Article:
Analysis finds hyperloop will cost 50 percent less and travel four times faster than high-speed rail in Southwestern Ontario
Toronto, Canada – July 13, 2017 – TransPod, the startup that is building the world’s leading hyperloop system to disrupt and redefine commercial transportation, today released the results of its Initial Order of Magnitude Analysis to build a TransPod ultra-high-speed line in Southwestern Ontario between the cities of Toronto and Windsor, with multiple stops in between. The study indicates that building a TransPod hyperloop system will cost half the projected cost of a high-speed rail (HSR) line along the same route, while offering faster and more efficient transportation for passengers and cargo, at more than four times the top speed of HSR.
The Government of Ontario recently announced an investment of $15 million for an environmental assessment of its plans for an HSR line along the same Toronto-Windsor corridor. Premier Kathleen Wynne introduced a study conducted by former federal minister David Collenette, to present one option for a way forward to tackle the growing challenges of urban mobility, environmental sustainability, and economic growth in the region.
“Southwestern Ontario accounts for 50 percent of the province’s GDP, and developing high-speed transportation for the region will absolutely benefit and strengthen its economic growth and global competitiveness,” said Sebastien Gendron, co-founder, and CEO, TransPod. “But we need to future-proof ourselves, and we can’t continue with outdated technology. Countries like China, Japan, and South Korea have already moved past the high-speed rail and begun building much faster trains using magnetic levitation – the age of high-speed rail has come and gone, and the technology will soon be obsolete. We strongly urge the Government of Ontario to consider hyperloop feasibility, for its cost efficiency and speed advantages, in its next assessment.”
Key findings from TransPod’s report, with comparisons to the Collenette study, are as follows:
|Parameters for the full Toronto-to-Windsor corridor||TransPod hyperloop line||High-speed rail|
|Total cost||$10.3 billion*||$20.9 billion*|
|Total end-to-end travel time||30 minutes||2 hours|
|Cost per kilometer (total: 350 km)||$29 million||$55 million|
|Maximum speed||Beyond 1,000 km/h||250 km/h|
|Average speed||700 km/h||150 km/h|
* Includes contingencies
Key benefits of a TransPod hyperloop line are as follows:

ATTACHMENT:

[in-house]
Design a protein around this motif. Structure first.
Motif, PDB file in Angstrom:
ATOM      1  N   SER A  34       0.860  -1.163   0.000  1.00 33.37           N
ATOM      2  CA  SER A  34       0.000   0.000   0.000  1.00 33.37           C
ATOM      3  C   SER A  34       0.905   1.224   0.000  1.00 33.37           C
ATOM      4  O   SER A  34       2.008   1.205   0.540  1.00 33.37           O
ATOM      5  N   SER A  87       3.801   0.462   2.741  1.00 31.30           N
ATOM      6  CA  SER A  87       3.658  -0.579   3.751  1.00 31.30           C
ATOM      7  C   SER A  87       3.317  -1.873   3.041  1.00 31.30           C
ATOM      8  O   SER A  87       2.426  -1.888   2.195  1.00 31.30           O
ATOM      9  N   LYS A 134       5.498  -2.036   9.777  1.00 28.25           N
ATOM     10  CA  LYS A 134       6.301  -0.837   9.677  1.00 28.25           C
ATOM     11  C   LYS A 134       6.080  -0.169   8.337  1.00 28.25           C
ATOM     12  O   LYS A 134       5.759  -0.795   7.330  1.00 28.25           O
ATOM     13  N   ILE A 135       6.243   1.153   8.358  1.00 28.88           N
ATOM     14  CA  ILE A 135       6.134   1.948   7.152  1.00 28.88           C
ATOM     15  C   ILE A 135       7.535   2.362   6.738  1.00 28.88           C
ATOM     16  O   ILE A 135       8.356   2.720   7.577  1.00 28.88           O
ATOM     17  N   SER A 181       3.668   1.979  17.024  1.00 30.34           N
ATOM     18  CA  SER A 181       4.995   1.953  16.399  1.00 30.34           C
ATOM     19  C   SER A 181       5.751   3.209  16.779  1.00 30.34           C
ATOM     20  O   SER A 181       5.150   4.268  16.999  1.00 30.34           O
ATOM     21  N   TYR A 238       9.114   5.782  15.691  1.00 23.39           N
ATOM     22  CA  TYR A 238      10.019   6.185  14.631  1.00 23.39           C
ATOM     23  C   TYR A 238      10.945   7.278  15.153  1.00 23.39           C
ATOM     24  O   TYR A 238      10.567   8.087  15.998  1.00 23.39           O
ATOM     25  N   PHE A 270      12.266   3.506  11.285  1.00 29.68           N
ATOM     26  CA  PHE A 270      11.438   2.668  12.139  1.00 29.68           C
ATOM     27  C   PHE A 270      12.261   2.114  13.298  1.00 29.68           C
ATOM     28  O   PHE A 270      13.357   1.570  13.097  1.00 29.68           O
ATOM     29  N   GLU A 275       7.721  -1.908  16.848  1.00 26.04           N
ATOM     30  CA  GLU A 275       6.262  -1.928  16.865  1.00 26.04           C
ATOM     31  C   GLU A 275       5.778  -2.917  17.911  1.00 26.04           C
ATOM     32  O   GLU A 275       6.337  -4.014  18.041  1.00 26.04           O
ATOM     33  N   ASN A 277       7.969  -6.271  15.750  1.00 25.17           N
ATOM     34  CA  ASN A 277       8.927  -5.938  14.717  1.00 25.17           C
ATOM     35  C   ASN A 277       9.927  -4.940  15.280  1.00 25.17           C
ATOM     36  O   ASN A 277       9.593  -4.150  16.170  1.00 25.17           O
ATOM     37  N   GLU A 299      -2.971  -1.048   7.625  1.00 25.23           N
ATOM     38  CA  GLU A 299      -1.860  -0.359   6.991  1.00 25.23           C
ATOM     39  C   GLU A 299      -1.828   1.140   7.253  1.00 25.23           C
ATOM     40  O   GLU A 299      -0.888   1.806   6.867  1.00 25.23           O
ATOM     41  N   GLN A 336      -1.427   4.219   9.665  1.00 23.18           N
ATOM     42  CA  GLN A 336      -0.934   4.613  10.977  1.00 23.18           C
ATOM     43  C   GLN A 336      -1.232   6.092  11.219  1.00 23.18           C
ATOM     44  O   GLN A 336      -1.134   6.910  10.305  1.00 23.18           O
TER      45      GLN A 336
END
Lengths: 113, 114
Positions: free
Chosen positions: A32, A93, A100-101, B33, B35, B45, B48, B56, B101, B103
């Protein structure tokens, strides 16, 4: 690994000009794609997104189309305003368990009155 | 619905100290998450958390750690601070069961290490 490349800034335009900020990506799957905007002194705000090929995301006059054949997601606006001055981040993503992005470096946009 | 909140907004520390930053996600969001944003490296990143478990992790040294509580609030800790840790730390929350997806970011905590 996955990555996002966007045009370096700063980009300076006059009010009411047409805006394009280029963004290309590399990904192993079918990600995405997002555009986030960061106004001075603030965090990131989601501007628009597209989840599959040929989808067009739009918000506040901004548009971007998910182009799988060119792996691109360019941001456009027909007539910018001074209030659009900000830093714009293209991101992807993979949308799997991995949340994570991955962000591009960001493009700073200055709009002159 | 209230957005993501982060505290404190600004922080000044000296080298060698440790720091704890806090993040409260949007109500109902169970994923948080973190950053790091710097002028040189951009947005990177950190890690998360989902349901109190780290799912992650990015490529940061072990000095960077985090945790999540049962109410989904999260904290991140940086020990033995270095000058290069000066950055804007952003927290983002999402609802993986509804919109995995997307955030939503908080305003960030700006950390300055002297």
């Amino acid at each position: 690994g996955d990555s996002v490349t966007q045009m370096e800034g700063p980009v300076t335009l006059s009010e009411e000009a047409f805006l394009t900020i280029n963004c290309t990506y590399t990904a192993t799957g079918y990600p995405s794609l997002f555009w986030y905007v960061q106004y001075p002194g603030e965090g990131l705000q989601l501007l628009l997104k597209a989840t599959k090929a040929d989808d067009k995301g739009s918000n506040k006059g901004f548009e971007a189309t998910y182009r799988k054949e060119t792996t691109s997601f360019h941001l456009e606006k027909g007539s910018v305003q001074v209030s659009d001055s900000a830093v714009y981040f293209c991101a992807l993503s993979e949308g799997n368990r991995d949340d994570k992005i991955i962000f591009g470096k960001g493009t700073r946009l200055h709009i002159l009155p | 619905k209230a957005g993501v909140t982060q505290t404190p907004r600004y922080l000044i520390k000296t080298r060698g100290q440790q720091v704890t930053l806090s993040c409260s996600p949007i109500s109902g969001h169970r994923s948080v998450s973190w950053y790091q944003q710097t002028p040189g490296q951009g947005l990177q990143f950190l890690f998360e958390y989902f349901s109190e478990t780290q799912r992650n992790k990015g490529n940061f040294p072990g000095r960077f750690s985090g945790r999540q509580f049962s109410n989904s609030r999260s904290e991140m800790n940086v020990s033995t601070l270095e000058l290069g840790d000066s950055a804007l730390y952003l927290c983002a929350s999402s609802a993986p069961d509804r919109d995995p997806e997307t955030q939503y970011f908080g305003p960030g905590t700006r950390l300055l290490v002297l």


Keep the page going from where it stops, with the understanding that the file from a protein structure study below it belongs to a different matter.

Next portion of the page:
- It’s more affordable to build: The initial cost analysis to build a TransPod hyperloop line in the Toronto – Windsor corridor is 50 percent less than the projected cost of HSR.
- It’s much faster: The average speed of the TransPod vehicles will be 700 km/h, and its top speed is beyond 1,000 km/h. This is more than four times faster than HSR, which is projected to travel at an average speed of 150 km/h and a maximum speed of 250 km/h.
- It’s environmentally sustainable: TransPod’s technology is powered by renewable energies including self-sustainable solar power with zero fossil fuel consumption, for reduced carbon emissions.
- It will alleviate challenges with housing affordability: TransPod’s convenient, ultra-high-speed trips will allow commuters more flexibility on where they can live in relation to where they work, by drastically cutting down commute times and helping to realize true urban mobility. This is expected to encourage housing development in the region and will alleviate housing pressure on larger urban centers like Toronto.
- A hyperloop system will realize regional benefits: This includes relieving traffic congestion on major roads such as Highway 401, attracting and retaining talent who are not held back by commute times and supporting economic growth in the area.
“Smart infrastructure can help to alleviate environmental, economic, and even housing concerns, in order to sustain future growth,” said Gendron. “We cannot continue to be laggards, especially in a province whose economic growth and quality of life may potentially have rippling effects across the country. TransPod would appreciate and welcome the opportunity to work with the Ontario government to assess hyperloop feasibility.”
“TransPod’s breakthrough research, and made-in-Canada technology, will enable convenient, safe, ultra-high-speed journeys to be as simple as waiting five minutes for the next station departure,” said Ryan Janzen, co-founder, and CTO, TransPod. “The TransPod vehicle uses cutting-edge aerospace technology, while the interior will be reminiscent of an advanced aircraft cabin with rows of seating. The riding experience is smooth, comfortable, and fast. This technology is being developed in Canada with TransPod’s global industrial partners, to redefine future transportation.”
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In November 2016, TransPod announced the closing of a seed round for $15 million USD and is continuing to invest in research, product development, and global growth. In March 2017, TransPod announced the opening of three offices in North America and Europe to accelerate the development of a commercially viable hyperloop system by 2020. In June 2017, TransPod announced a partnership with Liebherr-Aerospace to develop next-generation thermal management technology for the TransPod hyperloop system.
TransPod’s goal is to disrupt and redefine commercial transportation between major cities in developed and emerging markets. The startup was founded in 2015 to build the world’s leading hyperloop system to connect people, cities, and businesses with high-speed transportation that is affordable and environmentally sustainable. TransPod is headquartered in Toronto, Canada.
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Dianna Lai Read